This post is part of a series of live race updates from southern Chile, the location for the 2011 Wenger Patagonian Expedition Race.
By T.C. WORLEY
As I walked between the dozens of bikes scattered across the lawn in varying stages of assembly, I questioned racers about their feelings on the pending start. “Let’s go, let’s go!” Marcello Catalan of Brazil exclaimed. Similarly, Paulette Kirby of the U.S. pleaded, “Let’s roll! We’ve been up for four hours!” Unforeseen obstacles had caused a delay in the bikes arriving to the start line. What was to be a 7:00am start became more like a 10:00am start. But eventually, the riders were saddled up and led through the starting chute by the same team of horse-riding Chilean gauchos that greeted them the previous night.
In a dust cloud of whirring, rattling, clacking bikes, the riders began the 2011 Wenger Patagonian Expedition race. Their whistles and whoops soon quieted as they hit the first few washboard climbs and the reality of a week of dirty, fatigued suffering began to set in. Within minutes there were sizable gaps as the stronger teams surged through Torres Del Paine Park toward Checkpoint No. 1.
If they could peer out of their pain long enough to look around, the riders would be greeted to stunning, sweeping views as they ascended the rolling terrain. Around them were snow-capped peaks, Caribbean-blue lakes of glacial melt, and guanaco (similar to alpacas) feeding on every other hillside.
Team GearJunkie set a cruel pace on the bike leg. The tiniest member of the team, and in fact the whole race, 5’ 2” Chelsey Gribbon proved that power can come in small packages. She led her team for much of the bike course. “It’s rad so far!” she told me, “Our team is incredible!”
After about four hours of hard riding, Team GearJunkie was in first place into Checkpoint No. 1 by several minutes, leaving the bike leg to begin the first paddle section on a river heading south.
But if faster teams and long climbs were not enough to demoralize the racers, the wind, the foe that has no ally, was doing its best to crush the spirit of the teams. Ungodly gusts of over 50mph knocked riders over, and in one case completely flipped a rider and her bike over backwards. Our support vehicle, a truck, was forced to stop as rocks, not just sand, were lifted from the road and flung at the riders. Members of Team Dancing Pandas dropped their bikes in the middle of the road and dove into the bushes to escape the assault. None of us had ever experienced such a violent, stone-hurling squall — it was frightening.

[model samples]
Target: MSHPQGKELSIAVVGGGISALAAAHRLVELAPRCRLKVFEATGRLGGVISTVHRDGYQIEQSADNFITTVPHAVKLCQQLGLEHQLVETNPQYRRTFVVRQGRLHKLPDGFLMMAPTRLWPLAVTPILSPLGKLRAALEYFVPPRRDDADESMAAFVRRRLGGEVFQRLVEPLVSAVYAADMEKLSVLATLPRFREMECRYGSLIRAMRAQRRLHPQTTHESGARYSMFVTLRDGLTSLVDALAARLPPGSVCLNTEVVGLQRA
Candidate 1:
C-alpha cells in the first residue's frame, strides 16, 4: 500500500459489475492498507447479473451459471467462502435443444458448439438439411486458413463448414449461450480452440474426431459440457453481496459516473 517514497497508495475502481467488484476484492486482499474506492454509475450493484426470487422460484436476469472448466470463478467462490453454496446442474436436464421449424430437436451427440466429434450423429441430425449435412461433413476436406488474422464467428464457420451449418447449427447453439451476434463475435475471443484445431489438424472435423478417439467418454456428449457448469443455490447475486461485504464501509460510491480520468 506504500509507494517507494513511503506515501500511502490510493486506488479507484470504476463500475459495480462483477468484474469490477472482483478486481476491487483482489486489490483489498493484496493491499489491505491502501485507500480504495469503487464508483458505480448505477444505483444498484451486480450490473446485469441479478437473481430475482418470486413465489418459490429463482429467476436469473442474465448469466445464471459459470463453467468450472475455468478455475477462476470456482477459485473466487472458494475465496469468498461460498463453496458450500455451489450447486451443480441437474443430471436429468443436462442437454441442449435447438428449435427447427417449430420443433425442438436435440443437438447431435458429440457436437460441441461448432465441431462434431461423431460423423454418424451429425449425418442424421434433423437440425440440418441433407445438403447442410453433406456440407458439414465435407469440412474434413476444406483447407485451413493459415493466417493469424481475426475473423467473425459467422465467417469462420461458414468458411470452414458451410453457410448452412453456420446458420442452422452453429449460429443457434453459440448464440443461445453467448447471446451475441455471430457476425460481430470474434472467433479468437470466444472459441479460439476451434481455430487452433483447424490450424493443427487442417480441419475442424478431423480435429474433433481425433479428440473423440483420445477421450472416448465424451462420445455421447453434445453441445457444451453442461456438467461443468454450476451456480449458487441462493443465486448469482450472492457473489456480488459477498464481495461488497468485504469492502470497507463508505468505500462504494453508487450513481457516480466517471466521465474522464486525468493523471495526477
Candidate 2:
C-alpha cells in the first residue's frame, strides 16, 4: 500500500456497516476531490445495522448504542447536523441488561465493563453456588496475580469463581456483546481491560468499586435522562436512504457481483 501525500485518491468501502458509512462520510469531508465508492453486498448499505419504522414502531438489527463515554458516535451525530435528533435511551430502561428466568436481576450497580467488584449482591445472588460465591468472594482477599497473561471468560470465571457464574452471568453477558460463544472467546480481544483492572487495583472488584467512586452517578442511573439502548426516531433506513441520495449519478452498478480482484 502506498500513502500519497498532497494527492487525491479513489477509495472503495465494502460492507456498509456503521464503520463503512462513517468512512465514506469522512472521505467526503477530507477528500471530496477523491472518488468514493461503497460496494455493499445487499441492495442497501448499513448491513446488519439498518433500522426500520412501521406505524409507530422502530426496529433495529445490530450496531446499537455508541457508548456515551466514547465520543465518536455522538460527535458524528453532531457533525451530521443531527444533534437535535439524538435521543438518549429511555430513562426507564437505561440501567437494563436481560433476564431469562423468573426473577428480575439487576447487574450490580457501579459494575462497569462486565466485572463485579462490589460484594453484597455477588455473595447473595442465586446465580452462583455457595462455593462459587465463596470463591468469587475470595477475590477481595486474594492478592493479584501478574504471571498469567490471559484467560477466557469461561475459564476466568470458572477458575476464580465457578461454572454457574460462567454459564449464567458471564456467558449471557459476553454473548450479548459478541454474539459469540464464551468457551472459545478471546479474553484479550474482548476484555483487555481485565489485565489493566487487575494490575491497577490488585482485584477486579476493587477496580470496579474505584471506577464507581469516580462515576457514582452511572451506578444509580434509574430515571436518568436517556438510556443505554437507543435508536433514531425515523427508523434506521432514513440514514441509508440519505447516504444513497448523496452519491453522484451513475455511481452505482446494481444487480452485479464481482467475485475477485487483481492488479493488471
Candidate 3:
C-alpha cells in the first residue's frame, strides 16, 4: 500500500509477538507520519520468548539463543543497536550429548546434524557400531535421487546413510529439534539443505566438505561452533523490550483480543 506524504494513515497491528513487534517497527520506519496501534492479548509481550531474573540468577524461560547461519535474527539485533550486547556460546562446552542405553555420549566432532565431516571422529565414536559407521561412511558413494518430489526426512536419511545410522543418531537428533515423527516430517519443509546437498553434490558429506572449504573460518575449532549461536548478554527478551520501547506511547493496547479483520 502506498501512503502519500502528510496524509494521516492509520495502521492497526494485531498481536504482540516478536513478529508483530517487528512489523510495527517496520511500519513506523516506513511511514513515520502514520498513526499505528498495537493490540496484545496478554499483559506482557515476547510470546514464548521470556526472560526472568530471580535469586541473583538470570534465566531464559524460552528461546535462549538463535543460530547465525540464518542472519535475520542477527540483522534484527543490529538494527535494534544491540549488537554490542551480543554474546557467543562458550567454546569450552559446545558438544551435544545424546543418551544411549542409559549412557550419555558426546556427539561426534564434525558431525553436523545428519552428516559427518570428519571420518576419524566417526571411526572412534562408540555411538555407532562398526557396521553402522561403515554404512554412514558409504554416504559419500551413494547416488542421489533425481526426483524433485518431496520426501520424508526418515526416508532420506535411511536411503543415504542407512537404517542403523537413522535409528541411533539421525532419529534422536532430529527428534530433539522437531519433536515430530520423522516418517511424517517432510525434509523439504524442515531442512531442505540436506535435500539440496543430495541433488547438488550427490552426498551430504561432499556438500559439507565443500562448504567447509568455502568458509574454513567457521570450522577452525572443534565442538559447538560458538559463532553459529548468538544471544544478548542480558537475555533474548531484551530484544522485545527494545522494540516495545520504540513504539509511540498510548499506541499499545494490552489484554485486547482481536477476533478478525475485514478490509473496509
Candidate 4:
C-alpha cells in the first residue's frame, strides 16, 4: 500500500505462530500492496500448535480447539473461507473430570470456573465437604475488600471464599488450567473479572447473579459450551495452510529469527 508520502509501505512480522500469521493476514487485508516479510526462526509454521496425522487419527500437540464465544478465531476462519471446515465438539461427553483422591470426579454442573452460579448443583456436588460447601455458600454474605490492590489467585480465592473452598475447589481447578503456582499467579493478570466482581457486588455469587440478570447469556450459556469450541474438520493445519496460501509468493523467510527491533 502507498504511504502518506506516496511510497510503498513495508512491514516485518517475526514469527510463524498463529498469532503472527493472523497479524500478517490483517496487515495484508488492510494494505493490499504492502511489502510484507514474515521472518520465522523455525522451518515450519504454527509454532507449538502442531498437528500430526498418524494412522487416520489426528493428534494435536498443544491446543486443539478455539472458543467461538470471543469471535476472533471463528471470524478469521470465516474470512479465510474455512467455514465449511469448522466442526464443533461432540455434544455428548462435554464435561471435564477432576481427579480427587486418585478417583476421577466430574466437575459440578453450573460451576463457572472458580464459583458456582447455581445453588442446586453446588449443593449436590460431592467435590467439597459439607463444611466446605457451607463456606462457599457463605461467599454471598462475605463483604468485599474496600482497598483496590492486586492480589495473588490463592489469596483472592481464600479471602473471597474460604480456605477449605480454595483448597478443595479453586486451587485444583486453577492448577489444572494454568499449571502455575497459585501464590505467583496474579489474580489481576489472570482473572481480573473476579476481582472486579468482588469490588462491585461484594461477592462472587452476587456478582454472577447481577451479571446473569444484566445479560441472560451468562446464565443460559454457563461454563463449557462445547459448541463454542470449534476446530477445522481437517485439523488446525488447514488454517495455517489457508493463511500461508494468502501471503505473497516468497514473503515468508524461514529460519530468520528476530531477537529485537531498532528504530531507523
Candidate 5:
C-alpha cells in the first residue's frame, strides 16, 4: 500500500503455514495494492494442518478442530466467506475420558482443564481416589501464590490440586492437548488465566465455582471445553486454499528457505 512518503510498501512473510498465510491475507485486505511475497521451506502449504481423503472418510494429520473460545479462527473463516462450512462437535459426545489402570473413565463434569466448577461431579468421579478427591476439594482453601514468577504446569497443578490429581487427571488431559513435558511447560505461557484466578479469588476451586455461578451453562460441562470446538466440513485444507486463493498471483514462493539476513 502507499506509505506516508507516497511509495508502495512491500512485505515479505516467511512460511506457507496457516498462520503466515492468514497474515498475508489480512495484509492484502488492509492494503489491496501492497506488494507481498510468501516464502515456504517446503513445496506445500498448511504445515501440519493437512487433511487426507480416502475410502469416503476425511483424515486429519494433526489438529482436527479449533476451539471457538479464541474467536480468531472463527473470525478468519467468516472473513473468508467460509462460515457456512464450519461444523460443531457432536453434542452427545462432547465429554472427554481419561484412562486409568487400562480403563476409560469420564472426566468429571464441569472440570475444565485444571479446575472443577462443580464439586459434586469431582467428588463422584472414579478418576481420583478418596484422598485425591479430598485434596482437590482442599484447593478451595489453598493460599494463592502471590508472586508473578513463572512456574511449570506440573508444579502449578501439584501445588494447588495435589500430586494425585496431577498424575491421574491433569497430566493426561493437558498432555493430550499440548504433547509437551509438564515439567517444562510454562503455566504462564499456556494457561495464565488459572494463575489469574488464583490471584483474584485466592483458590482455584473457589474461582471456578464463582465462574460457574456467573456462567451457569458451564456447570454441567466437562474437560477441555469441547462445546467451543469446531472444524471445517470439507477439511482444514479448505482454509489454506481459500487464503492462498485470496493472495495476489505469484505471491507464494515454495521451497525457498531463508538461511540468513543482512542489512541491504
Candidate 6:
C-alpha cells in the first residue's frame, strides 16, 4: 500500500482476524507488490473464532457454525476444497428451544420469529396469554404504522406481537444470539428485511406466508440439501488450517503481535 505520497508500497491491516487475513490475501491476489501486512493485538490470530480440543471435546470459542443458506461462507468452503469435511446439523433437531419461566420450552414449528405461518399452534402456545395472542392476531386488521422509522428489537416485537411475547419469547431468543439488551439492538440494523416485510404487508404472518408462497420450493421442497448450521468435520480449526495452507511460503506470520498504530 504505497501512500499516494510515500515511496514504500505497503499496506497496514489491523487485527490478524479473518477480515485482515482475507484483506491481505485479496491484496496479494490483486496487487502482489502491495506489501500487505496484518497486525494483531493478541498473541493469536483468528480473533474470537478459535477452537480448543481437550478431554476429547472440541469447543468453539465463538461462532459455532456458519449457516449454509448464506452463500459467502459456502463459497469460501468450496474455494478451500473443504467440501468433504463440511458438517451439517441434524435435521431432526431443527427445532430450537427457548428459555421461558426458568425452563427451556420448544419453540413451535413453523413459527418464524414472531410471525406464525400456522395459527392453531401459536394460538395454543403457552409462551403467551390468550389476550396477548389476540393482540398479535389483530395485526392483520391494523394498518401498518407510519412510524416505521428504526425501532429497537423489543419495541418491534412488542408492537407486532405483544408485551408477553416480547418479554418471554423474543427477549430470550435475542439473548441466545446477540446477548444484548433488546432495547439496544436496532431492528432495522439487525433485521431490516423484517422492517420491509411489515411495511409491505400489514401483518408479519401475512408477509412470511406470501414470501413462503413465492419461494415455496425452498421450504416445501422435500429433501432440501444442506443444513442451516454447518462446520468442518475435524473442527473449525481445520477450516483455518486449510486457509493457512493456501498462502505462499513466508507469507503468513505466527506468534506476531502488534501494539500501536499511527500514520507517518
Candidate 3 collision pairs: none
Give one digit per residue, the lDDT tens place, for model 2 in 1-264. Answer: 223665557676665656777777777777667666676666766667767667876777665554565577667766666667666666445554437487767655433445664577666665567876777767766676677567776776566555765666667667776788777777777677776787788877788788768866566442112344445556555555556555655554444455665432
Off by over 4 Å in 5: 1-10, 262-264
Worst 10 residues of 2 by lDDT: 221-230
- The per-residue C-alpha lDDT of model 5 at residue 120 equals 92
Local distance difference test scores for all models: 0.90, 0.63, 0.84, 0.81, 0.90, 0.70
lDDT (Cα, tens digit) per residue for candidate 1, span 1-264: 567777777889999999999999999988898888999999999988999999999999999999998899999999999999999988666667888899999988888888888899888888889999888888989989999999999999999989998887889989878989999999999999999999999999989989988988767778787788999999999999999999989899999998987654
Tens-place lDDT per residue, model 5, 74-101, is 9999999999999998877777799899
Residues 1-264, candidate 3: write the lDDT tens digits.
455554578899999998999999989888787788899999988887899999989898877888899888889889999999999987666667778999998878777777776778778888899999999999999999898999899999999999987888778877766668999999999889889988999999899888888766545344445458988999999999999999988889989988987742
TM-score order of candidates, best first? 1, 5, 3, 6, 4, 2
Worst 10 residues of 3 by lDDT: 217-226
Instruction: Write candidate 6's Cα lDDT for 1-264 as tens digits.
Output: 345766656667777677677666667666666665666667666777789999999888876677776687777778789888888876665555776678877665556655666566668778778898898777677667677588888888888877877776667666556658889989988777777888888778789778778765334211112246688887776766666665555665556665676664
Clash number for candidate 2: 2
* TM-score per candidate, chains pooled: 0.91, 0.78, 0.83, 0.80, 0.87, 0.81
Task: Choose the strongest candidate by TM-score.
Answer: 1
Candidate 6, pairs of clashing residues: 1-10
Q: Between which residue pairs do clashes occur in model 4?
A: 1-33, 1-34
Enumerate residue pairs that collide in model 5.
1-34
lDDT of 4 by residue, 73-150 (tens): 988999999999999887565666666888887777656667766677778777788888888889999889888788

Upon reaching Checkpoint No. 1, the first transition area of the race, the winds were too strong for kayaks to be launched. A couple hours of delay allowed many teams a chance to rest and regroup. “I feel great and really glad to be off the bike,” Stephen Regenold of GearJunkie.com told me. Most teams were just happy to be out of the wind. “It’s properly windy!” Team Adidas captain, Bruce Duncan, of the U.K. exclaimed.
On the shores of the glacial Lago Gray, under blue skies and sunshine, teams readied themselves for several hours of paddling. “It looks to me like we’re on the Squamish River,” Masha Glanville of Team Dancing Pandas told me, referring to a mountain river in North America that bore resemblance.
The wind still blew strongly, but the course snaked down river with a steady current for most of the paddle. Coursing through Torres Del Paine Park, the river ushered racers past more amazing scenery. Behind them, towering granite peaks with ice fields. Ahead, massive blue glaciers melting into a milky-blue river. Team Adidas was the fastest on the water, leaving the Rio Serrano and Checkpoint No. 2, the transition to a trek, about 10 minutes ahead of Team GearJunkie. But with the time allowance from the bike leg, the two teams were about even going into the trek.
Noel Duffy of New Zealand and member of Team Dancing Pandas said of the paddle: “Really good! I enjoyed it. Now we’re ready to trek through the night.” But our chat was interrupted by teammate Mark Lattanzi yelling, “Noel, I need you — get everything in this bag right now!”
The coming darkness does not mean rest for racers as it will for me — it means navigational frustration in deep woods and either time gained or lost to opponents. I ran with several teams for the first few hundred yards to photograph them, bidding good luck as I dropped back. Most were too focused to respond. Life in the wilderness has become primal already and formalities were left behind with civilization.